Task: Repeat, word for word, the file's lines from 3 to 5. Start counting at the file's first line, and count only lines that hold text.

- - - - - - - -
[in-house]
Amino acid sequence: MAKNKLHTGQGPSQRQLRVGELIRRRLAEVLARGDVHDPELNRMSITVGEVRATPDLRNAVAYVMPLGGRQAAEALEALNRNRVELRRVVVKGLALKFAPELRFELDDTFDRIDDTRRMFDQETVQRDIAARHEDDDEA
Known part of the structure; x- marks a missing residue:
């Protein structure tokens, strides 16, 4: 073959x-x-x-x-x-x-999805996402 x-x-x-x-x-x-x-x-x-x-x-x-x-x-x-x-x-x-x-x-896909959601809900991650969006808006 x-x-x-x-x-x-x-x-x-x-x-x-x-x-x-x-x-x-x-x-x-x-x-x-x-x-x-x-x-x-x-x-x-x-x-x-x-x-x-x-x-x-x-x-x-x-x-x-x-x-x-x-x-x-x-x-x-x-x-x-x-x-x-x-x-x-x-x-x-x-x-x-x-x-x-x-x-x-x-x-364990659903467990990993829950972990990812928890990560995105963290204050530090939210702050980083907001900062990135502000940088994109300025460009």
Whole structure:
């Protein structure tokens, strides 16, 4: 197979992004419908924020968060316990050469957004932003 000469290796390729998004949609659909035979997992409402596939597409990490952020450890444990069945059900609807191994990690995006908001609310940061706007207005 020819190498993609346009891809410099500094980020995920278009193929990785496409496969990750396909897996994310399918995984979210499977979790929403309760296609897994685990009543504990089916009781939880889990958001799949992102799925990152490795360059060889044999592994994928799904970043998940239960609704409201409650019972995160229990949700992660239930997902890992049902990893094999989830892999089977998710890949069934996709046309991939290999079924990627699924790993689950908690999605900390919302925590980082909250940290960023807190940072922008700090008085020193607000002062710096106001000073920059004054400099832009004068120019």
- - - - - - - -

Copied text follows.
Known part of the structure; x- marks a missing residue:
């Protein structure tokens, strides 16, 4: 073959x-x-x-x-x-x-999805996402 x-x-x-x-x-x-x-x-x-x-x-x-x-x-x-x-x-x-x-x-896909959601809900991650969006808006 x-x-x-x-x-x-x-x-x-x-x-x-x-x-x-x-x-x-x-x-x-x-x-x-x-x-x-x-x-x-x-x-x-x-x-x-x-x-x-x-x-x-x-x-x-x-x-x-x-x-x-x-x-x-x-x-x-x-x-x-x-x-x-x-x-x-x-x-x-x-x-x-x-x-x-x-x-x-x-x-364990659903467990990993829950972990990812928890990560995105963290204050530090939210702050980083907001900062990135502000940088994109300025460009």
Whole structure: